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Methadone was orignally synthesized by chemists during World War II in Germany as a substitute for the pain reliever morphine. Methadone has about the same analgesic strength as morphine, but it is longer acting (25 hours v 2-6 hours). Methadone was first available commercially in the United States in 1947, and was initially used as a long-acting pain killer. It was not until the mid-1960's that Methadone began to be used to treat chronic narcotic addiction.

The main pharmacological properties of methadone are similar to morphine and other opiate narcotics (Demerol, codeine, Dilaudid, Oxycontin, Heroin, etc.). Cross tolerance occurs with all the opiates, that is, the administration of one opiate will eliminate the withdrawal symptoms of any other opiate. The major difference among the opiates is the strength, length of action, and most effective route of use. Methadone is as strong as morphine. Its effects last 24-26 hours, and it is most effective when ingested orally. All methadone preparations (tablet v liquid) are equally effective at equal doses. Only the vehicle, the "stuff" which the active medication is added and held together with, differs. Preference for one form of methadone over another is merely a matter of personal preference, and has no basis in pharmacology.

Methadone is a tolerance-producing central nervous system depressant. It produces insensitivity to pain, sedation, slowing of respirations, lowering of blood pressure, constipation, slowing of pulse, and nausea. The subjective effects following single doses in non-addicted individuals are similar to those noted after morphine or heroin use; feelings of well being, drowsiness and euphoria.

Tolerance develops to the pain-relieving, nauseant, sedative, euphoric, respiratory and cardiovascular effects. However, no tolerance develops to methadone's ability to prevent withdrawal symptoms. Therefore, once the opiate-addicted individual is stabilized on methadone, she/he can function normally (physically and psychologically) without requiring ever increasing doses to eliminate withdrawal symptoms and remain physiologically comfortable. This occurs regardless of the stabilizing dose of methadone. In some patients, and at higher doses, methadone may help decrease anxiety although it is not effective as a potent mood elevator.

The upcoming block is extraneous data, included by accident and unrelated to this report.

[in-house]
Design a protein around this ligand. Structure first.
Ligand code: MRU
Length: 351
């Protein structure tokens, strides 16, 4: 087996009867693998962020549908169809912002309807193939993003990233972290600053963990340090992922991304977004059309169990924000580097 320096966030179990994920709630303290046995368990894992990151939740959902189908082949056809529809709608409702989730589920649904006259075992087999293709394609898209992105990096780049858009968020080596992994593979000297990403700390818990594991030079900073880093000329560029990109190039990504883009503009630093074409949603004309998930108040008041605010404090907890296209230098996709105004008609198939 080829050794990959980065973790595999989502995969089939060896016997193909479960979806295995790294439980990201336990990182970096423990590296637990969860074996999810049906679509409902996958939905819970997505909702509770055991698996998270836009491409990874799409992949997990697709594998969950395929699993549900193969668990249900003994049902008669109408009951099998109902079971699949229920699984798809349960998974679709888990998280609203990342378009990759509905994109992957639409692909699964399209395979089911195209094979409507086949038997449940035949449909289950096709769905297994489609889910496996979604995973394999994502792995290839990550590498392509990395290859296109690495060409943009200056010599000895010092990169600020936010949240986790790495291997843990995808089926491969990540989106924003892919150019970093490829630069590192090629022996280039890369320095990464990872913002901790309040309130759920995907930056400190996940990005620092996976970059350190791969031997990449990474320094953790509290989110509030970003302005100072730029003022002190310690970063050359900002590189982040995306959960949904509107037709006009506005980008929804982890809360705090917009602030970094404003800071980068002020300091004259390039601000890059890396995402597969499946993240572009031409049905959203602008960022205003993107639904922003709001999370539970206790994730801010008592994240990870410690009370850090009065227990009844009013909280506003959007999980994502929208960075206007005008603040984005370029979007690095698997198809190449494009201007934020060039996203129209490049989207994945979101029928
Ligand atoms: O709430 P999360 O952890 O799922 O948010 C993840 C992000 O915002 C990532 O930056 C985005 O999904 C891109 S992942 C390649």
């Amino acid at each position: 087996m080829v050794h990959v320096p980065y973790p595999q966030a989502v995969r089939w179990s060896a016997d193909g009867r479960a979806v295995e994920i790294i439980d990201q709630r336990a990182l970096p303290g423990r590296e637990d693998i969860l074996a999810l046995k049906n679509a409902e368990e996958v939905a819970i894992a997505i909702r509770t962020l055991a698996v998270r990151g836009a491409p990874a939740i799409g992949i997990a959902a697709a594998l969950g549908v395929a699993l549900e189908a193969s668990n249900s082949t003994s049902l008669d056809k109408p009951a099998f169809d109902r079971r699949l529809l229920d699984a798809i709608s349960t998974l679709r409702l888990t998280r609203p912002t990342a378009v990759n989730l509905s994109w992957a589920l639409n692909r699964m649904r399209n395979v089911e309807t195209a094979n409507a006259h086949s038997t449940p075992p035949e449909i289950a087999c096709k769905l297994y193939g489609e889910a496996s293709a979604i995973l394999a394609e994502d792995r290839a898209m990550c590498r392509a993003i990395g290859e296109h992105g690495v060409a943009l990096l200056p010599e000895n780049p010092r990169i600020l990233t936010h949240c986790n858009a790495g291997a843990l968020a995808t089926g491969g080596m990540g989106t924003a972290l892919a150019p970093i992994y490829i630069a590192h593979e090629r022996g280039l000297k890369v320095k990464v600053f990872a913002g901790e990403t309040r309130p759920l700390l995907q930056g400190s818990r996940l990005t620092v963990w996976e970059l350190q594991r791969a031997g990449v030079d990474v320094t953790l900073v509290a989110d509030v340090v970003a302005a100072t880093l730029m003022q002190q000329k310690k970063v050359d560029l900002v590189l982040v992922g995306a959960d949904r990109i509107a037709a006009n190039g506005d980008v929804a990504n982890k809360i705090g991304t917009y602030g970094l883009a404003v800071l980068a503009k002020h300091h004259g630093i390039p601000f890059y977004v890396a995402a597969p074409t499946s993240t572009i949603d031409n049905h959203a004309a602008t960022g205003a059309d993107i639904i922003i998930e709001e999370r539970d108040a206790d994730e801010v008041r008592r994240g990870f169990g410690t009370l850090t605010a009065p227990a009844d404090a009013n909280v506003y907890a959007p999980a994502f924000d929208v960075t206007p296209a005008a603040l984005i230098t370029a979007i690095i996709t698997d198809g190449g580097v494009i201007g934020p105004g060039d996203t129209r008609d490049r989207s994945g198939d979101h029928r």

The most common side effects of methadone are weight gain, constipation, increased intake of fluids, increased frequency of urination, tingling in the hands and feet, increased sweating, skin rash, nausea, and delayed ejaculation. However, these symptoms are typically mild and temporary.

Methadone is administered orally and is gradually absorbed into the body through the intestines and liver. From the liver, it is released slowly into the blood stream. This slow release into the blood stream keeps maintenance patients from experiencing a rapid narcotic high and keeps them above the blood level for experiencing intense withdrawal symptoms. Methadone can also chemically block the craving for opiates, even though it does not produce the euphoria of the short-acting opiates. At doses greater than available in illicit opiates, methadone produces a "blocking effect" to the high of illicit opiates. However, methadone does not block the intoxicating effects of non-opiate drugs, such as alcohol, sedatives, tranquilizers and stimulants. Use of other intoxicating drugs may produce overdose and death. Most overdoses occur when methadone maintained individuals supplement their prescribed methadone with other central nervous system depressants. Particularly dangerous when used in combination with methadone are Placidyl, Xanax, Valium, methaqualone, illicit methadone and large amounts of alcohol.

The character and severity of withdrawal symptoms that appear when an opiate is discontinued depends on many factors, particularly the drug itself, dose, duration of use, interval between doses, health, personality and expectations and motivations of the patient. The symptoms of abrupt discontinuation of methadone are insomnia, anxiety, hypertension, irritability, chills, excessive sweating, "running" nose and eyes, enlarged pupils, sore, achy joints and muscles, muscle spasms, abdominal cramps, nausea, vomiting and diarrhea. Symptoms may appear 24-48 hours after the last dose of methadone and most major symptoms are minimal by the 14th day. However, general discomfort, loss of appetite and insomnia may persist for as long as six months. These symptoms can be drastically reduced and often eliminated by withdrawing the methadone on a slow, deliberate schedule of dose decreases managed by a physician. The longer the process, the less the discomfort during withdrawal.

Methadone maintenance is a long-term treatment for opiate addiction. The patient must regularly visit the clinic and receive daily methadone. Many patients lead normal productive lives by working, caring for their families and enjoying a healthy, active lifestyle while maintained on methadone. Methadone is not known to cause any physical or mental deterioration, even after 15 years or more of use. Since methadone programs are voluntary, the length of time a patient remains in treatment depends greatly upon the patient. Studies show that patents are more apt to stay in treatment for relatively longer periods of time if they are over 30 years old, married, have dependent children and have spent time in jail during their addiction to opiates.

Methadone is not a cure for opiate addiction. It is pharmacologic treatment which suppresses opiate withdrawal symptoms and lessens the craving for other opiates. Coupled with therapy, methadone facilitates both interpersonal interactions involved in strengthening motivation, changing lifestyles and breaking the cycle of life patterns and stress reactions which underlie relapse.

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